I never did buy Gary Moore's reinvention of himself - canny though it was - as a bluesman: he was always a hard rocker of that most fabulous seventies kind: big boots, tight jeans, mullet, foot to floor style of playing.
Here we find him in pretty much his last incarnation on the wild frontier before crossing the great divide into sell-out land, where history records he would go on to pretend he *still* had the blues, despite scant evidence of ever having had them in the first place.
On his way to the Wild Frontier, Gary Moore found himself at a cross roads: certainly, Heavy Rock wasn't just for hard men on motorbikes anymore - Bon Jovi had seen to that - but nor was it necessarily for a solely white audience either: Moore and his producer were clearly cognisant of the change ushered in by Aerosmith's collaboration with Run DMC on "Walk this Way" - alas all it culminated in during this session was a fairly lame rap remix of his excellent Easybeats cover, "Friday On My Mind". I suspect the remix hasn't made it onto the CD. No great loss.
In other ways Moore was returning to his Irish roots - there is a definite Gaelic feel to the cover of Big Country's "Over the Hills and Far Away", the title track, and "The Loner", the last of which is an instrumental for the late Phil Lynott of Thin Lizzy. Alas, it comes nowhere near the outstanding "Parisienne Walkways" which Moore recorded with Lynott before Lynott's death, but which you won't find on this album.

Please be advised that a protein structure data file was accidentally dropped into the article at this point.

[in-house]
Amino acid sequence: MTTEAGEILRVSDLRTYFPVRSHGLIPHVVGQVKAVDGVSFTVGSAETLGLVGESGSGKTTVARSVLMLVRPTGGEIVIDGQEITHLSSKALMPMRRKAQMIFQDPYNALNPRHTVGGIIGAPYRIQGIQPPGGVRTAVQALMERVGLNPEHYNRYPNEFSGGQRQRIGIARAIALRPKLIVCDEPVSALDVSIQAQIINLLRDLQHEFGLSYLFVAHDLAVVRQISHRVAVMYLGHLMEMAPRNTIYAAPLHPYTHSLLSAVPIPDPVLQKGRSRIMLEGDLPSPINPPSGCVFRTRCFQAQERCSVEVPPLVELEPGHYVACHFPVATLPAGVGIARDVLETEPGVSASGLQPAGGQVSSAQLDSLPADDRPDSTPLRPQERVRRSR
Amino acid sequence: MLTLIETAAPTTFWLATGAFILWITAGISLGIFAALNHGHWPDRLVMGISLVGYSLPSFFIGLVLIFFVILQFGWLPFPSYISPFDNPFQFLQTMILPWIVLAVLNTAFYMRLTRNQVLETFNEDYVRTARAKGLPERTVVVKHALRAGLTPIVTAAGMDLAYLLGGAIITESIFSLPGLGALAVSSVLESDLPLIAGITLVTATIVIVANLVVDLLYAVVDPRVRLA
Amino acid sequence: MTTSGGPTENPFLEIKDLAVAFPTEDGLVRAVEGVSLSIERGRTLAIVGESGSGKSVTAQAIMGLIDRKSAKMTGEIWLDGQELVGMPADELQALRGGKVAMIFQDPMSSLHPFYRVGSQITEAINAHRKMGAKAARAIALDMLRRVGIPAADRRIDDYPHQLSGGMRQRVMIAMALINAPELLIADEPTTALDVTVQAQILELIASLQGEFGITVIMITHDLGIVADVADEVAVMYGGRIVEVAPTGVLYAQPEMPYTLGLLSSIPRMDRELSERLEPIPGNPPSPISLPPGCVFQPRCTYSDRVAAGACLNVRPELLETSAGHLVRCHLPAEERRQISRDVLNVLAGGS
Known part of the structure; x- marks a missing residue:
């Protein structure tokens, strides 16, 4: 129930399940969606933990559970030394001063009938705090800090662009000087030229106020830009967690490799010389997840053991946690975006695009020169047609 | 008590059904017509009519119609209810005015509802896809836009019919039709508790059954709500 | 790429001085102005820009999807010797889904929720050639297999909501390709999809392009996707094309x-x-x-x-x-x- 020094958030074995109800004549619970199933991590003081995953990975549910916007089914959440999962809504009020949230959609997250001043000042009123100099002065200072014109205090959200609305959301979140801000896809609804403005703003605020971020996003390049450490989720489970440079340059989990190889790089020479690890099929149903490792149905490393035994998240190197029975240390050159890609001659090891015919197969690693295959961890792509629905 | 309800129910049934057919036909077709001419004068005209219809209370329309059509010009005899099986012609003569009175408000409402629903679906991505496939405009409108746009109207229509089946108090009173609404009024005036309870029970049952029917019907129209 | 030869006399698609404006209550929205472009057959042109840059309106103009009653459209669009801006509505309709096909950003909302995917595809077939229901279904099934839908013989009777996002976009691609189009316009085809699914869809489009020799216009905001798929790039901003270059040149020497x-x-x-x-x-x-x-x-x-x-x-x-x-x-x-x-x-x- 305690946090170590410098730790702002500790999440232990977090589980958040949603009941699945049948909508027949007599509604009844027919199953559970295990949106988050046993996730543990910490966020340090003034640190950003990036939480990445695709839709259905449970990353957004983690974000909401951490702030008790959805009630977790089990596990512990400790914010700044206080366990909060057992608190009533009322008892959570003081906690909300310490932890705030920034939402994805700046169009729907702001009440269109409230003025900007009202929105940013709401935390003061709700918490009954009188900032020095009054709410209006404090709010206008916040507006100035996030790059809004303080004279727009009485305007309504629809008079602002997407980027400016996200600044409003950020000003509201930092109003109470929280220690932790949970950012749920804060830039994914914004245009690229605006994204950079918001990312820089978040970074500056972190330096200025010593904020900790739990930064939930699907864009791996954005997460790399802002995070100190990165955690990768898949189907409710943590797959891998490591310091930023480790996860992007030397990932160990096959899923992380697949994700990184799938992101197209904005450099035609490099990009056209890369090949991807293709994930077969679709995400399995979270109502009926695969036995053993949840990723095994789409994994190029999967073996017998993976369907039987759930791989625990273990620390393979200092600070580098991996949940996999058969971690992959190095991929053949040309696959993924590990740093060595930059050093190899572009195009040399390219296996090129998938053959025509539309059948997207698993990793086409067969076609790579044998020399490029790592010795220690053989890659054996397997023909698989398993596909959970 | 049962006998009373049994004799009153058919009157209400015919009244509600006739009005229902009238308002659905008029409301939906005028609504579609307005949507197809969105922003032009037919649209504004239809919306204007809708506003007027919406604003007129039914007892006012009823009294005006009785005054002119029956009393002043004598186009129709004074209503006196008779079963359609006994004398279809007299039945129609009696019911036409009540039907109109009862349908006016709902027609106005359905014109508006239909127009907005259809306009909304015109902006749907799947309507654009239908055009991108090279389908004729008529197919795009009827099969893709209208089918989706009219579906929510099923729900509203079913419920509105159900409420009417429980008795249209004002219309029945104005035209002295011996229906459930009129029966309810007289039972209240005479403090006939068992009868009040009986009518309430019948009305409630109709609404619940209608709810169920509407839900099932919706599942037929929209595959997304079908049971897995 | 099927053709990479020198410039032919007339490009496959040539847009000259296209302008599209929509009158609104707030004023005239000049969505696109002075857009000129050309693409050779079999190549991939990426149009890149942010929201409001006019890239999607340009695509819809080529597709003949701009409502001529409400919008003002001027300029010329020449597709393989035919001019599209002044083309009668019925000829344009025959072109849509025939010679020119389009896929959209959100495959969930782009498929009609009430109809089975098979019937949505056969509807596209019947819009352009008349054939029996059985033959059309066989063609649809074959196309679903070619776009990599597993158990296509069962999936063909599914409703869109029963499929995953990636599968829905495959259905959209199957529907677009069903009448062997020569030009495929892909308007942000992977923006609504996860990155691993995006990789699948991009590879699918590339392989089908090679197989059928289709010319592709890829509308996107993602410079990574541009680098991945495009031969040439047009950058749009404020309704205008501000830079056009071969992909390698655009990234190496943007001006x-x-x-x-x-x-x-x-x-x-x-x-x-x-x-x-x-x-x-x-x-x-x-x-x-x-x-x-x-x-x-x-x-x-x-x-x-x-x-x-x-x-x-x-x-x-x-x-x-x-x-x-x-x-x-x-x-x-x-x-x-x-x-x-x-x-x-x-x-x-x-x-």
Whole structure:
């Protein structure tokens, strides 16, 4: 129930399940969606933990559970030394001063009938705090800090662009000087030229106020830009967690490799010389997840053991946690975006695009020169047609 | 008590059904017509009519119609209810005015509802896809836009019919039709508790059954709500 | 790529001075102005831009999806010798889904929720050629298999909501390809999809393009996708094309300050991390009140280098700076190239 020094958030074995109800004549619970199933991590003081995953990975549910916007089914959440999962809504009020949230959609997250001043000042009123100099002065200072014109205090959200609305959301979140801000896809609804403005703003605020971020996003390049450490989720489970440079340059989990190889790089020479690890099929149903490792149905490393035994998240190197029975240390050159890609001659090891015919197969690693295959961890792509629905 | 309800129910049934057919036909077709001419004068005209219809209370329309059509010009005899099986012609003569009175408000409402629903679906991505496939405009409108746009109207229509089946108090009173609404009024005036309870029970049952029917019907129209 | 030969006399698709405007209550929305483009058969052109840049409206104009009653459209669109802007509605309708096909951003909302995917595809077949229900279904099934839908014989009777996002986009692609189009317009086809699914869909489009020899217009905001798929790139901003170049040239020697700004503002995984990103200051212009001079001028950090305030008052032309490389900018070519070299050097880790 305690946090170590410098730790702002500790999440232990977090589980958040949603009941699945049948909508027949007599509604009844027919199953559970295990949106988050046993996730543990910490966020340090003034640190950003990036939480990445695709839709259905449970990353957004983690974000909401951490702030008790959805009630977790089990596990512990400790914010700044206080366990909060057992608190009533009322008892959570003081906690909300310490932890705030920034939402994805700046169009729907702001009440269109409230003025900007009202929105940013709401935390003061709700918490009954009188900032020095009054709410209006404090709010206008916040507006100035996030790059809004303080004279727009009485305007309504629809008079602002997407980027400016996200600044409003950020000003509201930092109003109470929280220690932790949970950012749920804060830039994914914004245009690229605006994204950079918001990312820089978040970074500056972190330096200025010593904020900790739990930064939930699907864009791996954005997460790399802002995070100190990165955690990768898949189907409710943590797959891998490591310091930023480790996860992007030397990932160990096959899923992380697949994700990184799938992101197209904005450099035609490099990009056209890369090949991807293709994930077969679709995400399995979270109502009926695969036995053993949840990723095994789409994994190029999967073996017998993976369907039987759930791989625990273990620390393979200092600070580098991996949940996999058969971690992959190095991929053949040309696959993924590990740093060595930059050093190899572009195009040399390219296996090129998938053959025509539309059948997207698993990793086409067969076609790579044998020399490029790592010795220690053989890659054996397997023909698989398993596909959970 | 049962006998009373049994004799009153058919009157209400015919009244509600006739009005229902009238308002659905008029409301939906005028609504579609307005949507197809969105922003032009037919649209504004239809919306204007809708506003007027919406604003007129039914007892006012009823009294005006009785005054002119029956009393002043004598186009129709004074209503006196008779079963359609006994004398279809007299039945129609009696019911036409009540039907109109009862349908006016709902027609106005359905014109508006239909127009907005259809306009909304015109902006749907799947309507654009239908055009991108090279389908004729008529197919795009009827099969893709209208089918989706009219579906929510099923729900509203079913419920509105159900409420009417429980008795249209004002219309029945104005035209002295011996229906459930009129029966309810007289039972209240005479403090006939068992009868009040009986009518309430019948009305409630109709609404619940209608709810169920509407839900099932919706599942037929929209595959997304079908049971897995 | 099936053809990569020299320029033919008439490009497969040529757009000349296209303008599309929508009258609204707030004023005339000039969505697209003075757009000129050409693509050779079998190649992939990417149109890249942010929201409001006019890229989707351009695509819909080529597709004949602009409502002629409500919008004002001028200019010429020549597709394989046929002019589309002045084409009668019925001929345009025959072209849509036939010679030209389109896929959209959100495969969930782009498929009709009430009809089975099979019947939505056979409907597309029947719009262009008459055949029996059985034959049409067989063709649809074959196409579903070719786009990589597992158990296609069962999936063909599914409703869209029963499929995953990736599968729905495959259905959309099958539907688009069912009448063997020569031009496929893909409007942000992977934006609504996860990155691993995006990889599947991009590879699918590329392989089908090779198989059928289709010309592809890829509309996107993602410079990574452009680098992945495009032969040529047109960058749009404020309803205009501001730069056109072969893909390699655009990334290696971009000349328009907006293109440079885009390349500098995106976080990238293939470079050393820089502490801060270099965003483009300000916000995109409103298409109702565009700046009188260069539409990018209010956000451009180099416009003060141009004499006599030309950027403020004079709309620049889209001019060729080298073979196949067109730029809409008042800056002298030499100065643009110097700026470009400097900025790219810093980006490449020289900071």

In any case I think this return to the roots was a good thing - certainly much more bona fide than the blues "renaissance" he would subsequently experience - and it sets this record apart from most of the others that were coming out at the time.
Wild Frontier has elegant cover art, too - or at least would have but for the prominence of Gary's ugly scowling mug and his decidedly unconvincing balled fist.
In any case well worth a spin.